Het moeras

BarBara Hanlo

A mysterious and experimental film, yet accessible in a curious way. Just under the fluid visual surface shines a beautiful story (based on A. Alberts). For anyone who dares to wade through a film without firm ground underfoot.

The Swamp is a powerfully visual and experimental film with a narrative undertone, based on the story of the same title by the Dutch writer A. Alberts, which is about a man who has withdrawn to a house behind a swamp. In the film, a traveller goes looking for the man, the house and the swamp. Finding the swamp is easy, although we aren't sure it's the writer's swamp. The swamp of the film maker is in the Romanian Danube delta and provides sombre and mysterious images; more nightmares than dreams.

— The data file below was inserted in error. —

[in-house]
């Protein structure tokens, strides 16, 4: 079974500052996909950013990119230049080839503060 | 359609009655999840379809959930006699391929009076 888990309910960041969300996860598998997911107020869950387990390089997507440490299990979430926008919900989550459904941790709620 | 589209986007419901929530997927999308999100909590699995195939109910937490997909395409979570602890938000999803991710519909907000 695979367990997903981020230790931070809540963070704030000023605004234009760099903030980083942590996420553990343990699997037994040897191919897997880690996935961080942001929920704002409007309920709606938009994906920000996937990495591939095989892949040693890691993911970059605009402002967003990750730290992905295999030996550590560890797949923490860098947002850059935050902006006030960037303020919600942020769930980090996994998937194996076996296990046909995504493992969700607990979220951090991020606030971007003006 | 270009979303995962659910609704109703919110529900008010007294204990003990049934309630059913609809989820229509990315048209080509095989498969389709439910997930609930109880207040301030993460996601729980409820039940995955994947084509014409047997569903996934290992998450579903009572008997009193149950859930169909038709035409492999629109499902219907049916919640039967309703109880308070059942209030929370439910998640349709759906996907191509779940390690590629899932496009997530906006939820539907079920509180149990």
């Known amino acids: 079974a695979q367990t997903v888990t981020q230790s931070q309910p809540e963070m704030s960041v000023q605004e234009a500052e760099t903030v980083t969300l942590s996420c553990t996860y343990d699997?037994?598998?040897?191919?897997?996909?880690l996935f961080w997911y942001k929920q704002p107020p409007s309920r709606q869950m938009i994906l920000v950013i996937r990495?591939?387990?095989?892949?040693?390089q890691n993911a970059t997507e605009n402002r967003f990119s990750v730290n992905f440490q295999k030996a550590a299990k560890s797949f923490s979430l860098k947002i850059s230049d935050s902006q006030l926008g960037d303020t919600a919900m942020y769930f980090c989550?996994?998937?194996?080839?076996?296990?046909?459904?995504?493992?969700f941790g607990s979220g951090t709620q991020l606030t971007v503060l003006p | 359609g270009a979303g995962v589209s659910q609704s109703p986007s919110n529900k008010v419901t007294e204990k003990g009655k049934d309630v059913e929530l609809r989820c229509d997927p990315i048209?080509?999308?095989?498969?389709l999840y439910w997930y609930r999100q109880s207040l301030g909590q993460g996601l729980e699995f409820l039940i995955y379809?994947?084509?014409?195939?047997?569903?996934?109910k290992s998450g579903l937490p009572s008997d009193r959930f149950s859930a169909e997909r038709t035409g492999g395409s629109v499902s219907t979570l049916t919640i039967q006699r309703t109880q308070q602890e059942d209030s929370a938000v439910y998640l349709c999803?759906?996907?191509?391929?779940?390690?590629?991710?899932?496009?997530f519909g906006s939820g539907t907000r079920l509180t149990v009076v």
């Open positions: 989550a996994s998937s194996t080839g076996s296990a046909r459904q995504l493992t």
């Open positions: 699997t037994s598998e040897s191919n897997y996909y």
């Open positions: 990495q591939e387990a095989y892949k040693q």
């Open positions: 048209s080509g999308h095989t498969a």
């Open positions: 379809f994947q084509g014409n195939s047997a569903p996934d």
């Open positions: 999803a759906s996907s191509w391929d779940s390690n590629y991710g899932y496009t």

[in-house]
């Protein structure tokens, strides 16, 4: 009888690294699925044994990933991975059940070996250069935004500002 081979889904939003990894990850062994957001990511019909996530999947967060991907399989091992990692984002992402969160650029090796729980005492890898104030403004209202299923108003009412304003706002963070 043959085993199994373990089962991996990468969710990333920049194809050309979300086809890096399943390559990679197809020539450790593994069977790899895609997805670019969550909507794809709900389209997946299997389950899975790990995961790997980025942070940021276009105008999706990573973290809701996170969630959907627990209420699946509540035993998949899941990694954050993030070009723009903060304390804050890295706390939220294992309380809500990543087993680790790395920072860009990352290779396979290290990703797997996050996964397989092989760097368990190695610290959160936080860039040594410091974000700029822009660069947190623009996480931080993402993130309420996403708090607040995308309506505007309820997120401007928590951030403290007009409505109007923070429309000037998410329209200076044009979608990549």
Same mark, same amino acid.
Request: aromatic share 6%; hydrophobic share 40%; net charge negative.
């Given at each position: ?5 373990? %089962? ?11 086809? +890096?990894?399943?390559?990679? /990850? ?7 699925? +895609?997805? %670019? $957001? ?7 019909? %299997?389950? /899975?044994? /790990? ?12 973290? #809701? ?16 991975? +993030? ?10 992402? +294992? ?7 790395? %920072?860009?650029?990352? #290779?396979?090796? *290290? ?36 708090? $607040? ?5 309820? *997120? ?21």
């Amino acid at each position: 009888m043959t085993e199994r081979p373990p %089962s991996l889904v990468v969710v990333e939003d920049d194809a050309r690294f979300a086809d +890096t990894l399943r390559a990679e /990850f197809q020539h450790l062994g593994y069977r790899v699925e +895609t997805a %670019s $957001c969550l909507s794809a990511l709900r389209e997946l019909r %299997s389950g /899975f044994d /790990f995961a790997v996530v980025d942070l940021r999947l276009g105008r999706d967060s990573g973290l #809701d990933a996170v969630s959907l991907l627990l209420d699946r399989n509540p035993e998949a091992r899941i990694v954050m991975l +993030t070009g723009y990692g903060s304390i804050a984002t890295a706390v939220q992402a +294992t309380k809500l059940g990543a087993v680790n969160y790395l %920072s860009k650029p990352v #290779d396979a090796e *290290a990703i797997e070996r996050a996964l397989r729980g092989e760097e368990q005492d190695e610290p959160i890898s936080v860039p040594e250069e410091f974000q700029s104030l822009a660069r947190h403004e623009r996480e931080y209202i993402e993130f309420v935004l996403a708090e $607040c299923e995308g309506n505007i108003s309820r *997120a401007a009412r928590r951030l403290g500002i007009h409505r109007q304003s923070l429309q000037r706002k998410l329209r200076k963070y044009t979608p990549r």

The traveller also finds a house. It's on an island and was once a summer house belonging to the executed dictator Ceaucescu. In the ghostly house, the story - the writer's fantasy - seems to come true. The traveller becomes entwined in a dream that is no longer his own. When the man is in the house at all, he hides. But why then does he lay the table? And why for three people?
The film gets more and more puzzling and mysterious, and in the end only the power of the images provides any grip for the viewers. The film maker says: 'The Swamp, an area of transition between water and land, becomes a metaphor for the domain between illusion and reality.' The film seems to be saying: The swamp, that's me. A visual adventure without solid ground. (GjZ)

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